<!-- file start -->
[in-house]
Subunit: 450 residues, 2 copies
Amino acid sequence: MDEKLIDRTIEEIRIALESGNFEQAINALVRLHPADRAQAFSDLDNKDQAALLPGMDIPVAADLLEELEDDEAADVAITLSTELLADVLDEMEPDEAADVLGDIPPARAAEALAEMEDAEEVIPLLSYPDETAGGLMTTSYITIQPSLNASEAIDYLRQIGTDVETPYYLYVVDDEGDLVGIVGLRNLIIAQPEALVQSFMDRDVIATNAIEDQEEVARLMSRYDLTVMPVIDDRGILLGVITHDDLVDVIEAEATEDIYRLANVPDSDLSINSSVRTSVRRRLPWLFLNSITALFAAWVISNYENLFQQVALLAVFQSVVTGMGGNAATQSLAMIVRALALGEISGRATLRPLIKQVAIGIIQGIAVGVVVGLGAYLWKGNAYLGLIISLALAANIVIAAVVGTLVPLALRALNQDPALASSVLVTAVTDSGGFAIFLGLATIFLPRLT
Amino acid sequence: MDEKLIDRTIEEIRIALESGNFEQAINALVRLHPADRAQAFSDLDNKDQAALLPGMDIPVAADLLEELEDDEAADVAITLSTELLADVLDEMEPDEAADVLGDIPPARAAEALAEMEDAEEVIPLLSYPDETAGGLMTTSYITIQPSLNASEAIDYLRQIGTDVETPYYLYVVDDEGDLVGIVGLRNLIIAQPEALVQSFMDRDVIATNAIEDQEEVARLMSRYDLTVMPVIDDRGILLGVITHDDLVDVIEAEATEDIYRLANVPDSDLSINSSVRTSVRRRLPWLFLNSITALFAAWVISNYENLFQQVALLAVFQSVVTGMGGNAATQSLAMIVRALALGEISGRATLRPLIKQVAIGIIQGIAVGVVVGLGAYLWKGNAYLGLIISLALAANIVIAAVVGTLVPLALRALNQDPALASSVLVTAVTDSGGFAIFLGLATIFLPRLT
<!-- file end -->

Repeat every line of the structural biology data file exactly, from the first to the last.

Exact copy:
[in-house]
Subunit: 450 residues, 2 copies
Amino acid sequence: MDEKLIDRTIEEIRIALESGNFEQAINALVRLHPADRAQAFSDLDNKDQAALLPGMDIPVAADLLEELEDDEAADVAITLSTELLADVLDEMEPDEAADVLGDIPPARAAEALAEMEDAEEVIPLLSYPDETAGGLMTTSYITIQPSLNASEAIDYLRQIGTDVETPYYLYVVDDEGDLVGIVGLRNLIIAQPEALVQSFMDRDVIATNAIEDQEEVARLMSRYDLTVMPVIDDRGILLGVITHDDLVDVIEAEATEDIYRLANVPDSDLSINSSVRTSVRRRLPWLFLNSITALFAAWVISNYENLFQQVALLAVFQSVVTGMGGNAATQSLAMIVRALALGEISGRATLRPLIKQVAIGIIQGIAVGVVVGLGAYLWKGNAYLGLIISLALAANIVIAAVVGTLVPLALRALNQDPALASSVLVTAVTDSGGFAIFLGLATIFLPRLT
Amino acid sequence: MDEKLIDRTIEEIRIALESGNFEQAINALVRLHPADRAQAFSDLDNKDQAALLPGMDIPVAADLLEELEDDEAADVAITLSTELLADVLDEMEPDEAADVLGDIPPARAAEALAEMEDAEEVIPLLSYPDETAGGLMTTSYITIQPSLNASEAIDYLRQIGTDVETPYYLYVVDDEGDLVGIVGLRNLIIAQPEALVQSFMDRDVIATNAIEDQEEVARLMSRYDLTVMPVIDDRGILLGVITHDDLVDVIEAEATEDIYRLANVPDSDLSINSSVRTSVRRRLPWLFLNSITALFAAWVISNYENLFQQVALLAVFQSVVTGMGGNAATQSLAMIVRALALGEISGRATLRPLIKQVAIGIIQGIAVGVVVGLGAYLWKGNAYLGLIISLALAANIVIAAVVGTLVPLALRALNQDPALASSVLVTAVTDSGGFAIFLGLATIFLPRLT